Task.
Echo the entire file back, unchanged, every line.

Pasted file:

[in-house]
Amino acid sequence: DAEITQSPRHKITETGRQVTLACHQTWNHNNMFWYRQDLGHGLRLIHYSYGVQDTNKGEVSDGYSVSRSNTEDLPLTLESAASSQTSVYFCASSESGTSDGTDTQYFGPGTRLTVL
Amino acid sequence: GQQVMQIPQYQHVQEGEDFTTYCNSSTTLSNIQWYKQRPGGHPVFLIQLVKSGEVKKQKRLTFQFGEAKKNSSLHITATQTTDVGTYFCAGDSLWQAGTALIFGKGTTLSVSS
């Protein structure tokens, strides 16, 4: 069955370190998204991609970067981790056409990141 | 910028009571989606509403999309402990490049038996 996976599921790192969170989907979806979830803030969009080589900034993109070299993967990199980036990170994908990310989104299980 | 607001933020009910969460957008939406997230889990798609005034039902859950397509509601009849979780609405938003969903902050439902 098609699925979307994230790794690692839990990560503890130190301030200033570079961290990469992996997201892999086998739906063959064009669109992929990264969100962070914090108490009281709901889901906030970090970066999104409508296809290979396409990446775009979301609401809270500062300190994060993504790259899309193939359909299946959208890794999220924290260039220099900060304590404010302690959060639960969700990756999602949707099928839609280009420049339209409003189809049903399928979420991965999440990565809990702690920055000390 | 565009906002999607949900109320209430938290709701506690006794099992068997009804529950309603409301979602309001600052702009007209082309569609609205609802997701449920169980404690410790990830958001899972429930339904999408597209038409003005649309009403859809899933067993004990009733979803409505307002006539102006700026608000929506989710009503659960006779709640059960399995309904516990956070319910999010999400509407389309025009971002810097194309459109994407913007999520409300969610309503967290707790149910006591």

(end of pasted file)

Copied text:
[in-house]
Amino acid sequence: DAEITQSPRHKITETGRQVTLACHQTWNHNNMFWYRQDLGHGLRLIHYSYGVQDTNKGEVSDGYSVSRSNTEDLPLTLESAASSQTSVYFCASSESGTSDGTDTQYFGPGTRLTVL
Amino acid sequence: GQQVMQIPQYQHVQEGEDFTTYCNSSTTLSNIQWYKQRPGGHPVFLIQLVKSGEVKKQKRLTFQFGEAKKNSSLHITATQTTDVGTYFCAGDSLWQAGTALIFGKGTTLSVSS
């Protein structure tokens, strides 16, 4: 069955370190998204991609970067981790056409990141 | 910028009571989606509403999309402990490049038996 996976599921790192969170989907979806979830803030969009080589900034993109070299993967990199980036990170994908990310989104299980 | 607001933020009910969460957008939406997230889990798609005034039902859950397509509601009849979780609405938003969903902050439902 098609699925979307994230790794690692839990990560503890130190301030200033570079961290990469992996997201892999086998739906063959064009669109992929990264969100962070914090108490009281709901889901906030970090970066999104409508296809290979396409990446775009979301609401809270500062300190994060993504790259899309193939359909299946959208890794999220924290260039220099900060304590404010302690959060639960969700990756999602949707099928839609280009420049339209409003189809049903399928979420991965999440990565809990702690920055000390 | 565009906002999607949900109320209430938290709701506690006794099992068997009804529950309603409301979602309001600052702009007209082309569609609205609802997701449920169980404690410790990830958001899972429930339904999408597209038409003005649309009403859809899933067993004990009733979803409505307002006539102006700026608000929506989710009503659960006779709640059960399995309904516990956070319910999010999400509407389309025009971002810097194309459109994407913007999520409300969610309503967290707790149910006591």